“I think America must see that riots do not develop out of thin air. Certain conditions continue to exist in our society which must be condemned as vigorously as we condemn riots. But in the final analysis, a riot is the language of the unheard. And what is it that America has failed to hear? It has failed to hear that the plight of the Negro poor has worsened over the last few years. It has failed to hear that the promises of freedom and justice have not been met. And it has failed to hear that large segments of white society are more concerned about tranquility and the status quo than about justice, equality, and humanity. And so in a real sense our nation’s summers of riots are caused by our nation’s winters of delay. And as long as America postpones justice, we stand in the position of having these recurrences of violence and riots over and over again. Social justice and progress are the absolute guarantors of riot prevention.”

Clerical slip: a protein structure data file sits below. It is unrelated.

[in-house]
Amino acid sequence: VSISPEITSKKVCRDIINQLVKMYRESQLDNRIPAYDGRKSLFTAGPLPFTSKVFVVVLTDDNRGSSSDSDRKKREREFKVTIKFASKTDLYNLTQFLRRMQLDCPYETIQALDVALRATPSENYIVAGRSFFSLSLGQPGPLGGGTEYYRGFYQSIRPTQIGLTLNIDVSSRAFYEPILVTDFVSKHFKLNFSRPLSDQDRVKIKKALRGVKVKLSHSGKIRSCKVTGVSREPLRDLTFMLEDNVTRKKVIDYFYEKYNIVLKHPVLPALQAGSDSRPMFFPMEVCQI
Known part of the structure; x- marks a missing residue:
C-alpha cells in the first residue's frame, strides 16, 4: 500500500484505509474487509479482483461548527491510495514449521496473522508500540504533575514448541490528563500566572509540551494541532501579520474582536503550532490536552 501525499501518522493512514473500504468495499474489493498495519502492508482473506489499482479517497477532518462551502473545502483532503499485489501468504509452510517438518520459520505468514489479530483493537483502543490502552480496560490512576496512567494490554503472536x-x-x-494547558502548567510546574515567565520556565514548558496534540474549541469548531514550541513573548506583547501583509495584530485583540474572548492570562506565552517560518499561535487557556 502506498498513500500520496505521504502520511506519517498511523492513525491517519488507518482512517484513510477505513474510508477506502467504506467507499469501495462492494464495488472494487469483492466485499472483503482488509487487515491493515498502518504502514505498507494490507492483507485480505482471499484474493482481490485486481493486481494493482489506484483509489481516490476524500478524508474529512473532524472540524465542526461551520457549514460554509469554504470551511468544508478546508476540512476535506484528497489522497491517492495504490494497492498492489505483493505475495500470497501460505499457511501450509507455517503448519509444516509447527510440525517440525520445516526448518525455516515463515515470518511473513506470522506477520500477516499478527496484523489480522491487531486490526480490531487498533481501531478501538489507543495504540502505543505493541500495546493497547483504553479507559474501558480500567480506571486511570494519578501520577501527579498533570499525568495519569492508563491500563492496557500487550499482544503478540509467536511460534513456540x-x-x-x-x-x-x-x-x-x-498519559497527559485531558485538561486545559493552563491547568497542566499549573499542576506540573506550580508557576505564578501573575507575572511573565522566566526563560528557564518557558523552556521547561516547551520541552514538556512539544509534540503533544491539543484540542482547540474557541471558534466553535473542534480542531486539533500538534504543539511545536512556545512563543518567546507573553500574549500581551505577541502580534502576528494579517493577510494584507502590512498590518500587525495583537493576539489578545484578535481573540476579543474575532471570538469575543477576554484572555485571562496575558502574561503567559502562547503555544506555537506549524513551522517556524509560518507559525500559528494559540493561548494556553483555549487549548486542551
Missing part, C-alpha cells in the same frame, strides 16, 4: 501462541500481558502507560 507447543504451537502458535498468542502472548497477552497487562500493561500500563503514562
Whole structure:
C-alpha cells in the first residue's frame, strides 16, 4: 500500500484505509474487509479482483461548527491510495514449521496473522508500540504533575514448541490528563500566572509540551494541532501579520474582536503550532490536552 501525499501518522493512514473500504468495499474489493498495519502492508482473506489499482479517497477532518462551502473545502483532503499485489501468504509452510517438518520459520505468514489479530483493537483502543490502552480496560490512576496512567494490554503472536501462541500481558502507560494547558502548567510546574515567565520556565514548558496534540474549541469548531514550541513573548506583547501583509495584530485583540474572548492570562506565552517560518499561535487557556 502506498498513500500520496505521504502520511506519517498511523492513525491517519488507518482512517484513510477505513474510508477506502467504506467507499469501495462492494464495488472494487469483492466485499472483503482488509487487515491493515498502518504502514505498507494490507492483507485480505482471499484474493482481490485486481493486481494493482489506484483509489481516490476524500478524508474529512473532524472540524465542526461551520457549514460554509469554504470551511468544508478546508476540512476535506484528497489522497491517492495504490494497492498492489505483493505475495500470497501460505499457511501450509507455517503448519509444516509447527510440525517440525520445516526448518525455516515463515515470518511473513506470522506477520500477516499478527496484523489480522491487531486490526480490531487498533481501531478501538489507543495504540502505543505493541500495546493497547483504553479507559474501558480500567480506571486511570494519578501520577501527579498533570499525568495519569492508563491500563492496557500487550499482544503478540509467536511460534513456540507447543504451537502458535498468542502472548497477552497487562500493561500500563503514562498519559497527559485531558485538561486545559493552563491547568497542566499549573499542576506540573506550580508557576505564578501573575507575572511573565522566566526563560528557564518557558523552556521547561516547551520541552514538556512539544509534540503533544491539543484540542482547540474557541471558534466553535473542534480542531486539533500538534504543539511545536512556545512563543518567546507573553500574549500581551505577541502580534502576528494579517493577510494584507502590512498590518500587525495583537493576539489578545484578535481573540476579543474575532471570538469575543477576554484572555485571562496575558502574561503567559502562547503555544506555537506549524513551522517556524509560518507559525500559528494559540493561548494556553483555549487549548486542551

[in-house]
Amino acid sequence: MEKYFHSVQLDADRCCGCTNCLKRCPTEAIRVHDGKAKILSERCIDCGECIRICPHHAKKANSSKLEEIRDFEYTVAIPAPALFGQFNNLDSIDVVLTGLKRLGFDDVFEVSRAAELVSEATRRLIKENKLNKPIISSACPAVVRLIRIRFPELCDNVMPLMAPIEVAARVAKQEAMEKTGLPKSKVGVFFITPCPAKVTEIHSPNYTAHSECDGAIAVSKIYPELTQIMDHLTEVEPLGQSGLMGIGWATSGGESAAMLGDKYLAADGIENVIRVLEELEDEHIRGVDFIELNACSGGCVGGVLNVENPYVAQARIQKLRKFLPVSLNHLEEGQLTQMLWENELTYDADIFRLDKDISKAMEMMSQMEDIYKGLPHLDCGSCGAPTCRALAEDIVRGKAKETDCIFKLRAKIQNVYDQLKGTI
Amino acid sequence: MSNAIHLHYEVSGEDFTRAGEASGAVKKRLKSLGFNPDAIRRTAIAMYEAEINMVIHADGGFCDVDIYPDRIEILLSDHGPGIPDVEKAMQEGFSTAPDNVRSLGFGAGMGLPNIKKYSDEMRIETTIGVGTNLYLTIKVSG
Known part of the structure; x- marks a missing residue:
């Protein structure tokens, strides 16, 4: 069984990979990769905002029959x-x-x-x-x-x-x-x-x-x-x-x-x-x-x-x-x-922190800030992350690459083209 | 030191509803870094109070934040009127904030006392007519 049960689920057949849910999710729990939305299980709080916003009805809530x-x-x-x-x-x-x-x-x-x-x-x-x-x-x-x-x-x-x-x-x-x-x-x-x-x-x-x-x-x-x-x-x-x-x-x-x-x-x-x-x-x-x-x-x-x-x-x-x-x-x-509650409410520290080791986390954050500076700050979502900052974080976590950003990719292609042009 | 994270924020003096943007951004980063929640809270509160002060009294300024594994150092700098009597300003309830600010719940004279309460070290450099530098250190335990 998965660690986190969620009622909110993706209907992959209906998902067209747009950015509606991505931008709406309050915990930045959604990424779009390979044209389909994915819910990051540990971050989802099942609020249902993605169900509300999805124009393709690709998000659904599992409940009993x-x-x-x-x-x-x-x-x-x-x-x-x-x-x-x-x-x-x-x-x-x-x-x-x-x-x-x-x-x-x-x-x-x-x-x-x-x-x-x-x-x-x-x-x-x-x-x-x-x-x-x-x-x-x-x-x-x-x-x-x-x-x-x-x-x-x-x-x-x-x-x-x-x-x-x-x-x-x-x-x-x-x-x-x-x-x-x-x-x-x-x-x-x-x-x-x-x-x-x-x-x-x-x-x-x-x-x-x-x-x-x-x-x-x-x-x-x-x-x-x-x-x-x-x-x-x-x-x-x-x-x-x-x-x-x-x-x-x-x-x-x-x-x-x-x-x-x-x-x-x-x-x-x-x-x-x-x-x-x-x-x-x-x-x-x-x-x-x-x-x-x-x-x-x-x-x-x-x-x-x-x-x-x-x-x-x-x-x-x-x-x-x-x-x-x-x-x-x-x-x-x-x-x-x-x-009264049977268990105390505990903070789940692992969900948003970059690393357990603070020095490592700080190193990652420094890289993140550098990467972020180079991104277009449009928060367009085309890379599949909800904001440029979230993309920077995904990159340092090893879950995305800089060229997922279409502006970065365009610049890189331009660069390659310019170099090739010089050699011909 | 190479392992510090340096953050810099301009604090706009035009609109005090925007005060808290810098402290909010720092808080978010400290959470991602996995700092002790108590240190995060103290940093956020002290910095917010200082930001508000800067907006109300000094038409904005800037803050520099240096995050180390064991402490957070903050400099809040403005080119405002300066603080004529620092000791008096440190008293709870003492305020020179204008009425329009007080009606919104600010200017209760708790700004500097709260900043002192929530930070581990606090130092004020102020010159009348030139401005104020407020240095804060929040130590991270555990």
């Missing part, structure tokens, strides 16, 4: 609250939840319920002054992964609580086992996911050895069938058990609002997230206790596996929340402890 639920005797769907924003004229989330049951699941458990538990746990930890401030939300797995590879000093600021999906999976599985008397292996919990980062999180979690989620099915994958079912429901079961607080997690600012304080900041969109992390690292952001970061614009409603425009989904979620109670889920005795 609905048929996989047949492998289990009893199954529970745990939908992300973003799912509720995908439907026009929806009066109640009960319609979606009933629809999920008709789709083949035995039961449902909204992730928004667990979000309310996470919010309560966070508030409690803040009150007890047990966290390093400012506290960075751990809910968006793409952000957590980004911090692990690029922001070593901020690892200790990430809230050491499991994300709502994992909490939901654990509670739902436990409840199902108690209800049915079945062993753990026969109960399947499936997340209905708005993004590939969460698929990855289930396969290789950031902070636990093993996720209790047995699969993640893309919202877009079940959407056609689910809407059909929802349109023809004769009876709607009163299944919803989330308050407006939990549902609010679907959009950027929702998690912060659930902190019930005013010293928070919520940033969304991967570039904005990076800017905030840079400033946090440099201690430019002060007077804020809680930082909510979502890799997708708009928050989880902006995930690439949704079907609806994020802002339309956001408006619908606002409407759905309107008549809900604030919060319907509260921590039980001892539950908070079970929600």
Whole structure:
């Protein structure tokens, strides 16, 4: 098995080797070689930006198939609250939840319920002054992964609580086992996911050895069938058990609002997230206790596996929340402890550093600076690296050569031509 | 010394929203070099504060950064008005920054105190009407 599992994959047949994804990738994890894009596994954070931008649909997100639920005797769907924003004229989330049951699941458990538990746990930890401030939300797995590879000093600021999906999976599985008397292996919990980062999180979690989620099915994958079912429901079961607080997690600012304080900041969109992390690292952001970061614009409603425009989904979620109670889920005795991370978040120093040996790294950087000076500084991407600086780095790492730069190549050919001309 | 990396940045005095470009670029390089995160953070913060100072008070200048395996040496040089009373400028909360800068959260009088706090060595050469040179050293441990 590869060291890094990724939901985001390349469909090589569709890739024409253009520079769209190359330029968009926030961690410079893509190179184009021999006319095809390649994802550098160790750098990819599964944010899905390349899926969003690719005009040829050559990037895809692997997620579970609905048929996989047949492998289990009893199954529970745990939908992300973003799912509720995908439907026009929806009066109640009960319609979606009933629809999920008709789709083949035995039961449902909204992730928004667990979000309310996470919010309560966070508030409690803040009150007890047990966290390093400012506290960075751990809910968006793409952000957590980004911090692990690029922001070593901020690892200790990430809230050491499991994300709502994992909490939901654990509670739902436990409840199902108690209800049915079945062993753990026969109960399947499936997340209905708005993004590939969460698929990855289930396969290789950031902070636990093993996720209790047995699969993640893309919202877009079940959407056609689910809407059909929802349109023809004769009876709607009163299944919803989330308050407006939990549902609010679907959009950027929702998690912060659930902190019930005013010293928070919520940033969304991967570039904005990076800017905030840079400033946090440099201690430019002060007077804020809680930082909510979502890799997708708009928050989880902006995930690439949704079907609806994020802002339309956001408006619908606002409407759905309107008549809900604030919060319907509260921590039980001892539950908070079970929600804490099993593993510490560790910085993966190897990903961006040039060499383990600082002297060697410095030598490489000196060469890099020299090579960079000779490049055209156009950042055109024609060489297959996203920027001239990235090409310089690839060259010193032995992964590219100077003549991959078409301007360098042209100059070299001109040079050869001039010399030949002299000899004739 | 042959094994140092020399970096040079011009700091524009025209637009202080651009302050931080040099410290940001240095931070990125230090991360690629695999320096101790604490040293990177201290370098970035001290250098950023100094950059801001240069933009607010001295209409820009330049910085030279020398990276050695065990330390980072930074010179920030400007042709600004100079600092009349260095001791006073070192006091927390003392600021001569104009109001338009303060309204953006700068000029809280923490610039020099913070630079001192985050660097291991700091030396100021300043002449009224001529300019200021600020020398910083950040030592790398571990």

One might ask: How do we understand this reality?

One word – Education.

We have so many resources available to us that can help us learn, not just real omitted history, but also current affairs.

One of the oddest things that happened to me recently was I learned how many people did not know of the Tulsa Race Massacre of 1921 until HBO debuted the single season run of Watchmen.

That it took a fictional show based on a comic book to teach millions of people a history that has always been known is telling of how much might be omitted from official history books and history classes. I was watching this show with my older sister the night it premiered. I knew the history, so as the opening scene depicting this massacre played out, I was shocked to find out in the moment that my older sister knew absolutely nothing of it.